CMA Awards 2017: 10 Best, Worst and Most WTF Moments - Rolling Stone
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CMA Awards 2017: 10 Best, Worst and Most WTF Moments

From an inspired opening to a lackluster duet from Kelsea Ballerini and Reba –  the good, the bad and the head-scratching of the 51st CMAs

CMA Awards, Best Worst

The 10 best, worst and WTF moments of the 2017 CMA Awards, hosted by Brad Paisley and Carrie Underwood.

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The 51st CMA Awards aimed for the right balance of festive and respectful when the annual country music show was held Wednesday night in Nashville. It was a particularly trying year for the genre and its community, which lost both fans and artists in different tragedies. For the most part, the CMAs succeeded, thanks to dazzling performances by Brothers Osborne, Eric Church, Rascal Flatts with Dierks Bentley, and Darius Rucker, who led a show-opening singalong of Hootie & the Blowfish’s “Hold My Hand.” Still, the evening wasn’t without its stumbles. Here’s the 10 best, worst and WTF moments of the 2017 CMAs.

Amanda Shires, Kelly Garcia

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Best: Amanda Shires makes a sartorial statement

The CMA Awards is an undeniable glitter parade: sequins galore, sparkles for miles and more rhinestones than cowboys. But some of the night’s best fashion moments came in simple cotton. Namely, a tank top worn by Amanda Shires, in attendance to represent husband and bandmate Jason Isbell, said more than any couture gown ever could – simple and pink, it read “Mama wants to change that Nashville sound,” a lyric from Isbell’s “White Man’s World.” In a business that lets as few unique points of view and left-of-center musical perspectives into the inner circle as it does women, Shires chose to use her CMA moment to make a statement. And though far less political, points to the boys of Midland who came in gorgeous chain-stitched Nudie-like suits, shrugging off the “authenticity” naysayers and going full-court Gram Parsons. Like it or not, that’s who they are – flashy, flamboyant and full of kitschy throwback gold. M.M.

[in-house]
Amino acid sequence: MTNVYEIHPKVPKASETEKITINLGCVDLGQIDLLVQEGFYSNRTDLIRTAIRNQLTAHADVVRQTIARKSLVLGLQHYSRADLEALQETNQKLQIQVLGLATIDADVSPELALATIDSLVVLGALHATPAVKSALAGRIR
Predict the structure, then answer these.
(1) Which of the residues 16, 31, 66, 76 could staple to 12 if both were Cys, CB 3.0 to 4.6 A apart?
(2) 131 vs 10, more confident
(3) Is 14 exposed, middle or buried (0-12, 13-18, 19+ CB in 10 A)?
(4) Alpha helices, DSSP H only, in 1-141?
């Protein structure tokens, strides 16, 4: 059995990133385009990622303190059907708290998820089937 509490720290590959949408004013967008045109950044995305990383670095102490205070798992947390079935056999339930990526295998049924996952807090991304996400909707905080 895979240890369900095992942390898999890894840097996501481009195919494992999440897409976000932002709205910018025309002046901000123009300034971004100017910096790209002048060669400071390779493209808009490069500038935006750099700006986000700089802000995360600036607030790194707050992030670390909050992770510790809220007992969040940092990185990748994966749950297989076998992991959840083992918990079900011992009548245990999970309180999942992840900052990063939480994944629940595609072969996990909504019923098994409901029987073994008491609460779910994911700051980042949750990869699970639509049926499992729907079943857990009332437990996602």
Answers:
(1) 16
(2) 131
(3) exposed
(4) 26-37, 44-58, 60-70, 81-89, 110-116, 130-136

Maren Morris, Niall Horan

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WTF: Maren Morris plays backup singer

The CMA Awards have often arranged some ace crossover performances, from Chris Stapleton’s star-making duet with Justin Timberlake in 2015 to Beyoncé’s show-stopping medley with the Dixie Chicks in 2016. However, this year’s mash-up from Maren Morris and Niall Horan doesn’t measure up. The performance opened with the pair singing Morris’ “I Could Use a Love Song,” offering smoldering harmonies that hinted at good things to come when the pair embarks on Horan’s Flicker World Tour in 2018. But the standout from Morris’ Hero debut only earned one verse, as the pair quickly pivoted to “Seeing Blind,” a recently released cut from Horan’s album Flicker that features guest vocals from Morris. The two gave a capable performance, but it was too focused on the former One Direction star and not enough on Morris – you know, the actual country singer onstage. B.M.

Eric Church

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Best: Eric Church makes “Chattanooga Lucy” a gospel stomp